Addressing the Child Care Crisis in Los Angeles County: A New Toolkit for Child Care Providers

Public Counsel has partnered with LA County’s Office for the Advancement of Early Care and Education (OAECE) to create this important new resource.

Los Angeles County faces a critical need for child care, especially for infants and toddlers. Access to reliable child care is a vital part of building healthy and thriving communities. It gives parents and guardians the ability to work and fulfill their responsibilities, secure in the knowledge that their children are safe and well-cared for.

However, child care is more than just supervision—it’s a foundational step in preparing children for their educational journeys ahead. Quality child care has been shown to enhance school readiness, equipping children with better math and reading skills and fostering essential social and communication abilities.

However, despite these immense benefits, Los Angeles County is experiencing a troubling decline in available child care facilities. Over the past decade, one in five family child care providers has closed doors, and the child care workforce has shrunk by 10 percent post-pandemic. This shortage is driven by a variety of challenges, including rising costs, low wages, inadequate facilities, and increased operational risks.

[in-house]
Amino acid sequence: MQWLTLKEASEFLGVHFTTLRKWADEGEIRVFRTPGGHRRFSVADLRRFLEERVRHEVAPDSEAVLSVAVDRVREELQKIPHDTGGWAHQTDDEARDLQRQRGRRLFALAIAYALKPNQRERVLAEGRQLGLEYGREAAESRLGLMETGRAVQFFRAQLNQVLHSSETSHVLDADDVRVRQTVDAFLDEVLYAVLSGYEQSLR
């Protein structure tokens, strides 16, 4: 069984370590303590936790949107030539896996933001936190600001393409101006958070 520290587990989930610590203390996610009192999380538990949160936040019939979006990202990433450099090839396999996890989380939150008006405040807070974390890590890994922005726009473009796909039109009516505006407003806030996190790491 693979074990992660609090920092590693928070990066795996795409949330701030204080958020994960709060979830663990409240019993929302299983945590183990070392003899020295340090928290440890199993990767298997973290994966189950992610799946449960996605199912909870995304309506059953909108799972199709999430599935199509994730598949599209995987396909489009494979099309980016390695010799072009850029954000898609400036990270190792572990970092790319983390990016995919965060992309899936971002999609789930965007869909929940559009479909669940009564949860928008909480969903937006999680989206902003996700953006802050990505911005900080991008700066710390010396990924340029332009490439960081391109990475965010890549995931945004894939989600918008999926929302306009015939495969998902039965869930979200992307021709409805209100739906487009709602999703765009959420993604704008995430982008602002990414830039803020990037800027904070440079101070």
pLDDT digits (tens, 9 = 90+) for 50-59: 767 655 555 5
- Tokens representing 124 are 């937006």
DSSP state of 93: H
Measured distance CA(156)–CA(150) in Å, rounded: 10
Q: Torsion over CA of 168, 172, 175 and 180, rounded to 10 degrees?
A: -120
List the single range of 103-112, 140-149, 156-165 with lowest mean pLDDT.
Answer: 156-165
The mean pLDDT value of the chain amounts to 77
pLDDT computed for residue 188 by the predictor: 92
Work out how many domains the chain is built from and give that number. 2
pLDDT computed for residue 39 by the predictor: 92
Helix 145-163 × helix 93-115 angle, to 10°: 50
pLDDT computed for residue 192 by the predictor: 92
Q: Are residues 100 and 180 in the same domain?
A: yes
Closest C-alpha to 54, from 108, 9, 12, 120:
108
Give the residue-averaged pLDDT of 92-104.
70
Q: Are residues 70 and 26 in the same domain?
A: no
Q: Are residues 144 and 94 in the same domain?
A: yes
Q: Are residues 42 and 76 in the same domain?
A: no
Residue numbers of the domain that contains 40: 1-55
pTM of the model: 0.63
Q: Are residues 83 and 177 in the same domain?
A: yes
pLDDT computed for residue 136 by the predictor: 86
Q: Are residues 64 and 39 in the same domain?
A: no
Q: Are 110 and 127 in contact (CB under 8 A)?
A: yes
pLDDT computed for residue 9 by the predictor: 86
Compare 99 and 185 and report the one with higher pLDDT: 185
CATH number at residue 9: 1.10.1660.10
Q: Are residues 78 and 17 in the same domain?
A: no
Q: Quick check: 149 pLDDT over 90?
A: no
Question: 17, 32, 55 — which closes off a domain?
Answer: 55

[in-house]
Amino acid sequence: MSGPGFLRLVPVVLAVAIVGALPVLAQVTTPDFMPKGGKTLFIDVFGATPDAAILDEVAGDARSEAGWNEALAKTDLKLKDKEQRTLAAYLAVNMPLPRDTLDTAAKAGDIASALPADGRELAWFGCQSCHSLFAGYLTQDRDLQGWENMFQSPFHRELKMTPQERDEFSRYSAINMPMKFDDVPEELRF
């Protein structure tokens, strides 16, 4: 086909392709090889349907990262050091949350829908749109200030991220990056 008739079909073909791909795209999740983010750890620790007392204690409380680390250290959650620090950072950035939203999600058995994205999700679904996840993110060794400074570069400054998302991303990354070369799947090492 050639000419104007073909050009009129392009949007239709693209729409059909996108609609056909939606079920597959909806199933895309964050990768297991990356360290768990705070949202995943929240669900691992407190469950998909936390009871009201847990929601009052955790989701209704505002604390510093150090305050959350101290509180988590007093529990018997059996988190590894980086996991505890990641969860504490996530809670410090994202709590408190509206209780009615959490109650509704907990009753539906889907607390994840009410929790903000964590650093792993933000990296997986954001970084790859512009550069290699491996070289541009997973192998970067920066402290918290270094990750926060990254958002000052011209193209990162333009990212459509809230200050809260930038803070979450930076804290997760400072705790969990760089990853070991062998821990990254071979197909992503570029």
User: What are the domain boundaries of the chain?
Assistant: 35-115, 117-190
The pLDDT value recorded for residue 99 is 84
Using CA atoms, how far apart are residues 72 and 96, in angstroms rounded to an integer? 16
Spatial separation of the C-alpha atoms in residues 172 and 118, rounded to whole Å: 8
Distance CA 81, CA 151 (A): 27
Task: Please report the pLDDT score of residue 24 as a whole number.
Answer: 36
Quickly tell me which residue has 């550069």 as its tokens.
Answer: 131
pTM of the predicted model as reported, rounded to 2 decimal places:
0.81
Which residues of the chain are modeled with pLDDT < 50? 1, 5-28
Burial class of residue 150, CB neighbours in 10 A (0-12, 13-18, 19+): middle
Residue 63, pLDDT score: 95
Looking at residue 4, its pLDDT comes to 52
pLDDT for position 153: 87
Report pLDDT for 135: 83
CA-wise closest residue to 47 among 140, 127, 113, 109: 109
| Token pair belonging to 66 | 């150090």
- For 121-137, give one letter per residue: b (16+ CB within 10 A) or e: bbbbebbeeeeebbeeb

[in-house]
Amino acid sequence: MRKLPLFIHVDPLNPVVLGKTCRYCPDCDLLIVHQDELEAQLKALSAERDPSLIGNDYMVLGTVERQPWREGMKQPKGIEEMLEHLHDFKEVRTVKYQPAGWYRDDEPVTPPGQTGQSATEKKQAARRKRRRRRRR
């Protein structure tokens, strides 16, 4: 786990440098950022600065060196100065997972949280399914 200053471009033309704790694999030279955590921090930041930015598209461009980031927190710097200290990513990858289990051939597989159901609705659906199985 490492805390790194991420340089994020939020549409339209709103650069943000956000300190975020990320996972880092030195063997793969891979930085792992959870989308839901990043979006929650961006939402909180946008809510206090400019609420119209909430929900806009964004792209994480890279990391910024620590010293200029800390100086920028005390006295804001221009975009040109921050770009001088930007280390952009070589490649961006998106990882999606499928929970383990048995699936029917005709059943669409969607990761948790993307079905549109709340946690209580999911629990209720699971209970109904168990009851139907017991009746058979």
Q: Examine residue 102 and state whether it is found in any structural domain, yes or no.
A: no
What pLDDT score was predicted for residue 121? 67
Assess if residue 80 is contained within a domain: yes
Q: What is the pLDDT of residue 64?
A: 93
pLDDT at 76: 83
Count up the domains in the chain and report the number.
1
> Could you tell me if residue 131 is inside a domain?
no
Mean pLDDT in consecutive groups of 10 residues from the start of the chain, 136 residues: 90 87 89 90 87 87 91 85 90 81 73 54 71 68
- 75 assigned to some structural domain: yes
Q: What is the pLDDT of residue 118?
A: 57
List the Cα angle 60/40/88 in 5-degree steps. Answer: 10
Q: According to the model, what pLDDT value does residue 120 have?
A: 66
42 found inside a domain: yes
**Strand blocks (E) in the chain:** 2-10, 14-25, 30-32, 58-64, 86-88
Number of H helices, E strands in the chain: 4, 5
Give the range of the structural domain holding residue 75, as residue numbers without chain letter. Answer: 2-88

In the midst of this crisis, we’re excited to share that Public Counsel has partnered with LA County’s Office for the Advancement of Early Care and Education (OAECE) to launch an important new resource: Child Care for All: Information for Child Care Providers on Expanding Infant and Toddler Care in Los Angeles County (Infant and Toddler Expansion Toolkit).

This toolkit is part of OAECE’s Early Care and Education—Birth Through Three (ECE-BT3) strategy and provides practical guidance to help family child care homes and community-based centers expand their services to more infants and toddlers. Here are the seven key areas it covers:

  • Licensing: Understanding and navigating the legal requirements.
  • Ratios: Maintaining appropriate caregiver-to-child ratios.
  • Staff Qualifications: Ensuring caregivers are adequately trained and qualified.
  • Equipment: Outfitting facilities with suitable equipment for infants and toddlers.
  • Changes to Physical Space: Modifying spaces to accommodate younger children safely.
  • Financial Business Model: Developing a sustainable financial model.
  • Outreach to Families: Effectively communicating with and engaging the community.

The toolkit is available in English and will soon be offered in Armenian, Chinese, Korean, Russian, and Spanish via the OAECE website. Additionally, a web-based training that addresses these seven considerations is available in both English (here) and Spanish (here). 

For more information on the County of LA’s “Early Care and Education—Birth Through Three Initiative,” including its 1) Facility Development Fee Waiver program, 2) upcoming trainings for infant and toddler program expansion, and 3) free professional development opportunities, please visit

This toolkit is a companion to the other two toolkits we did last year:

Together, we can work towards a future where every family in Los Angeles County has access to the child care they need. Please share this toolkit widely within your early childhood education networks.

For more info about Public Counsel’s support to in-home day care providers, click here.

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